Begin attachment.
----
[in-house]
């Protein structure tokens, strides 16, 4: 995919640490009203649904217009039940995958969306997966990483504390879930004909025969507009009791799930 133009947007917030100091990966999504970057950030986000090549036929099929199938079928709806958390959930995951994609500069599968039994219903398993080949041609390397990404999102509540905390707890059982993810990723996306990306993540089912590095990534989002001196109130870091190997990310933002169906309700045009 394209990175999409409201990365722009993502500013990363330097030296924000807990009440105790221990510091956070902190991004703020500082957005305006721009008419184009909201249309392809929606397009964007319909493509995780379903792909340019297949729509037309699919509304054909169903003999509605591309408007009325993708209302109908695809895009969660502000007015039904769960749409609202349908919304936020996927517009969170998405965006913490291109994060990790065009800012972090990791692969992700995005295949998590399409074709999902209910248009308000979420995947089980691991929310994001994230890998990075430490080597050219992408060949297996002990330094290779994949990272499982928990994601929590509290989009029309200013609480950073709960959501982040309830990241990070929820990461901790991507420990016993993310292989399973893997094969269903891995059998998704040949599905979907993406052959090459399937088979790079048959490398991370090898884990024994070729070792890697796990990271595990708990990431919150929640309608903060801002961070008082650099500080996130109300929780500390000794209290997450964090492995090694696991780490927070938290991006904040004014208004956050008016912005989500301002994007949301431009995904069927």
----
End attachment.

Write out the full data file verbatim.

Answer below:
[in-house]
């Protein structure tokens, strides 16, 4: 995919640490009203649904217009039940995958969306997966990483504390879930004909025969507009009791799930 133009947007917030100091990966999504970057950030986000090549036929099929199938079928709806958390959930995951994609500069599968039994219903398993080949041609390397990404999102509540905390707890059982993810990723996306990306993540089912590095990534989002001196109130870091190997990310933002169906309700045009 394209990175999409409201990365722009993502500013990363330097030296924000807990009440105790221990510091956070902190991004703020500082957005305006721009008419184009909201249309392809929606397009964007319909493509995780379903792909340019297949729509037309699919509304054909169903003999509605591309408007009325993708209302109908695809895009969660502000007015039904769960749409609202349908919304936020996927517009969170998405965006913490291109994060990790065009800012972090990791692969992700995005295949998590399409074709999902209910248009308000979420995947089980691991929310994001994230890998990075430490080597050219992408060949297996002990330094290779994949990272499982928990994601929590509290989009029309200013609480950073709960959501982040309830990241990070929820990461901790991507420990016993993310292989399973893997094969269903891995059998998704040949599905979907993406052959090459399937088979790079048959490398991370090898884990024994070729070792890697796990990271595990708990990431919150929640309608903060801002961070008082650099500080996130109300929780500390000794209290997450964090492995090694696991780490927070938290991006904040004014208004956050008016912005989500301002994007949301431009995904069927």